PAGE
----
How do you say no to being a bridesmaid?

As awkward conversations go, this is one of the worst.

It should be a glorious moment. Your best friend asks to stand beside you on the best day of her life, you both cry and drink champagne, then look at dresses. It’s perfect and magical. And whilst you know that it’ll involve helping her get her dress up over her head so she can have a wee, it’s going to be a magical journey, and you’re just glad that you get to take it with her.

But what if it’s nothing like that? What if you’re looking down the barrel of being at the beck and call of someone you’re not quite that close to? Because, whilst there’s a small handful of friends who you’d love to plan a hen for and would seriously consider wearing puce taffeta for, that doesn’t go for all of your friends. The reality is, you’ve got to be pretty close to someone to want to become their handmaiden for the duration of their wedding planning.

Saying no, despite being incredibly hard, can sometimes be the right thing to do. Being a bridesmaid isn’t easy. It’s time consuming, it’s expensive and it’s all about someone else. So doing it for your BFF is fine, but if you’re asked to do it for someone you’re not close to, it’s going to end up being a burden. If you’re smart, you’ll nip it in the bud straight away, before you’ve spent half your pay cheque on clothes you dont’ want to wear, trips you didn’t want to go on and fawning on someone who you worked with for a couple of years back in the late 00’s.

Think carefully

If you’re going to say no, you need to be really truly sure. That means not getting sad and jealous when you’re not standing up there on the day or it turns out that the bride bought all the ‘maids Louboutins as thank-you gifts. Saying no is a big statement, however tastefully and delicately you do it.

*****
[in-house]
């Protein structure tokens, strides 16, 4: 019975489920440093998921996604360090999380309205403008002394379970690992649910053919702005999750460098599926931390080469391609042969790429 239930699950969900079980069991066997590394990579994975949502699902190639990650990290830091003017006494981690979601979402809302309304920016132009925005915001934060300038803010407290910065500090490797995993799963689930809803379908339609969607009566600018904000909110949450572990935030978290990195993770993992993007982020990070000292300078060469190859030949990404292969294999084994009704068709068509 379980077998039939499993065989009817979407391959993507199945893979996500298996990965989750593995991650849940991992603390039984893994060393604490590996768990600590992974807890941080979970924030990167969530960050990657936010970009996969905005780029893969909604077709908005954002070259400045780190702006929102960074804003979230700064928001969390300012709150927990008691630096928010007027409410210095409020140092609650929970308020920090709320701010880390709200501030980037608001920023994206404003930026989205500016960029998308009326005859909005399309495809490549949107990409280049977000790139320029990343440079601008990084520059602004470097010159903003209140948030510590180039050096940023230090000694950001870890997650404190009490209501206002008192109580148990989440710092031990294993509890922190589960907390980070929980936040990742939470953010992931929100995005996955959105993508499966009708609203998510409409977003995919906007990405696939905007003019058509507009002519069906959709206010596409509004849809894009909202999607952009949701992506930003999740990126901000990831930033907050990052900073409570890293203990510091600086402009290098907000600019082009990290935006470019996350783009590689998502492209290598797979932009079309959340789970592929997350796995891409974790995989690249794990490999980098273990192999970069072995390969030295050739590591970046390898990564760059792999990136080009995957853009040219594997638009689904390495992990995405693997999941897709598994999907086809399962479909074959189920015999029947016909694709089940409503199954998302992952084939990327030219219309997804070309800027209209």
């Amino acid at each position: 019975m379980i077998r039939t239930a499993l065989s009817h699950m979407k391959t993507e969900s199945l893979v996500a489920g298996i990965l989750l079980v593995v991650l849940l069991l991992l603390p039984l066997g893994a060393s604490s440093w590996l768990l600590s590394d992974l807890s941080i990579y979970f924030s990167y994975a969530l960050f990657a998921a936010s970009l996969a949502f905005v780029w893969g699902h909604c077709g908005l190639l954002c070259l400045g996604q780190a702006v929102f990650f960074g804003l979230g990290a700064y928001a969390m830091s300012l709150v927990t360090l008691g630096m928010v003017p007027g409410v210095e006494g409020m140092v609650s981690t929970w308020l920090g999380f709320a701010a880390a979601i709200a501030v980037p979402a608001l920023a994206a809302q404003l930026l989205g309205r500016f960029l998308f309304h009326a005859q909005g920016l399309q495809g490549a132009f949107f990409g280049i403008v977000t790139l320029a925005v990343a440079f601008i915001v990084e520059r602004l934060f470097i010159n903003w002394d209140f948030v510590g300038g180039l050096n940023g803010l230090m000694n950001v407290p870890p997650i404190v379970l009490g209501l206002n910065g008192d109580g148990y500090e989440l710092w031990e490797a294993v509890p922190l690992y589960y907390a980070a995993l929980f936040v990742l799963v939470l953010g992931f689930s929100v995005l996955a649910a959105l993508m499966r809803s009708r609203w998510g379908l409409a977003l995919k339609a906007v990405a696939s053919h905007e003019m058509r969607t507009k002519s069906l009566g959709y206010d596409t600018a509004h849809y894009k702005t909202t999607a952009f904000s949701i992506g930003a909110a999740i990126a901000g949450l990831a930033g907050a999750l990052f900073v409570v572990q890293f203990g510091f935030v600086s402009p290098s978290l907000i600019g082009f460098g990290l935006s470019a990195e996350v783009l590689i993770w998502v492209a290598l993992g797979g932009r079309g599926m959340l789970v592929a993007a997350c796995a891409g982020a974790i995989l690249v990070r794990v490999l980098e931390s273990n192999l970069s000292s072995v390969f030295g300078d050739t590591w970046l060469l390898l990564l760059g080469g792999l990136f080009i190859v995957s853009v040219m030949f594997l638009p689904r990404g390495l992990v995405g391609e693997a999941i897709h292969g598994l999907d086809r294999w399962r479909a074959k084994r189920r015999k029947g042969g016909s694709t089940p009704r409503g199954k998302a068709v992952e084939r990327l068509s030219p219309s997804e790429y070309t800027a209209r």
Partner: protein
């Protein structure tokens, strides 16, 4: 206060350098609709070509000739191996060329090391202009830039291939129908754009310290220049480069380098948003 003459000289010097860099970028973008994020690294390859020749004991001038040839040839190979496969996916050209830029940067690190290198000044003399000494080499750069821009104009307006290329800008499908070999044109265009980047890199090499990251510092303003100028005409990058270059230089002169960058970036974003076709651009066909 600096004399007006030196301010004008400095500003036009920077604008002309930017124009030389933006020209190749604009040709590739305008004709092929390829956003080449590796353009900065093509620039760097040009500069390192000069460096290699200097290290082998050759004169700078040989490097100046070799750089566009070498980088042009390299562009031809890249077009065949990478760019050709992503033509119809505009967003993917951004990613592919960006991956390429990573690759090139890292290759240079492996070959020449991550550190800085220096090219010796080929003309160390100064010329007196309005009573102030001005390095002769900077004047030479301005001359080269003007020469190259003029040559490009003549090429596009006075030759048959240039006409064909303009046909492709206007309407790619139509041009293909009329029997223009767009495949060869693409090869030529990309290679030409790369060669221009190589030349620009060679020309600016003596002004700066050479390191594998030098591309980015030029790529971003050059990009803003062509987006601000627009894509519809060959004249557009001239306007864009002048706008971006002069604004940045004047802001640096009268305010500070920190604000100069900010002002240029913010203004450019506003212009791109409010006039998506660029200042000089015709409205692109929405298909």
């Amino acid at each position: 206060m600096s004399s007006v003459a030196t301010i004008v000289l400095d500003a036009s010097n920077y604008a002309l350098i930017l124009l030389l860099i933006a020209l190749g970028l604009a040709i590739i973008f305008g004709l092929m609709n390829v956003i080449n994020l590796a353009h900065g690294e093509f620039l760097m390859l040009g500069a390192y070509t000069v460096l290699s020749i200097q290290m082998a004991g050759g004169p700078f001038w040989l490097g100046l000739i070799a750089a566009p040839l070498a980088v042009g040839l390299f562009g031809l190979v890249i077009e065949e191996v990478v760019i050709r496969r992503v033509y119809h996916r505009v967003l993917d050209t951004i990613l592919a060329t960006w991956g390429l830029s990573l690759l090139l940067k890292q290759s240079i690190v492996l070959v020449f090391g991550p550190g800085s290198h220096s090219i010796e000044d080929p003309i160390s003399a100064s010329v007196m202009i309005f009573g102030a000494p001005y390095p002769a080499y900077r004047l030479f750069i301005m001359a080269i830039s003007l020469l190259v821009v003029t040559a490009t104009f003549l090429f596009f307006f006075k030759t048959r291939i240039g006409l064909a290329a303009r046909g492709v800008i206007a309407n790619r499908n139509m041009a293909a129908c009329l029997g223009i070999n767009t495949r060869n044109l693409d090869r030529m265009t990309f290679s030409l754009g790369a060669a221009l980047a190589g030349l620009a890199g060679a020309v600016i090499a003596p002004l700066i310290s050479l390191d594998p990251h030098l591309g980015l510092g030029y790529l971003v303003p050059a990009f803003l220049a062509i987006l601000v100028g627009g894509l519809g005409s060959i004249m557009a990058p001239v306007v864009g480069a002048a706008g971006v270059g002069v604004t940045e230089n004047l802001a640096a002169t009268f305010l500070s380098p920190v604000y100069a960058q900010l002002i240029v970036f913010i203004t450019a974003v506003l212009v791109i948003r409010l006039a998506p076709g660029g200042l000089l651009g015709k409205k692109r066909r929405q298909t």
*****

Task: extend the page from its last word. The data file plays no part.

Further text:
Tell her first
It can be tempting to seek advice on the turn down from your mutual friends, but for the love of God don’t do that. If it gets back to the bride that you’re going to turn her down she’ll be mortified and furious.

Pick your moment

How you tell someone something is often more important than what you actually say. You know the bride (hopefully at least a bit if she’s asked you to be a bridesmaid) so you’ll know whether she’s better with face-to-face, or over the phone. If she’s likely to be hurt or embarrassed, it can be better to allow her some space. She might not want to sit with you over a glass of wine after you’ve broken the news.

Understand why she asked you
People pick their bridesmaids differently. Maybe you were extremely close as kids, but you’ve grown apart? If that’s the case, it’s worth being clear that nothing takes away the childhood you shared, but that you don’t feel you’re the right person any more because you have separate lives.

If you’re really close friends but you’re unwilling to take on the responsibility of maiding because you’ve got young kids or a super demanding work schedule then hopefully your friend will understand and might even be expecting it.

The best case scenario is that she asked you because she felt obliged, particularly likely if you’re family but don’t spend much time together. If this does happen, it’s probably good practice that you both at least pretend to be miffed.

Be honest
There’s no point telling the soon-to-be Mrs that you don’t want any part in her nuptials because you’re madly busy at work if you’re working three days a week and finding time to Instagram your brunch. Again, there’s no point in saying it’s about being broke if you’re going to be rocking a new outfit every time you see her. Honesty with a sprinkling of tact is the best way forward.

Let her be hurt
She’s probably going to be a bit upset. It’s par for the course. Just keep checking in and being the great friend you’ve always been to her. And you’ll probably have to get her a really nice wedding present.

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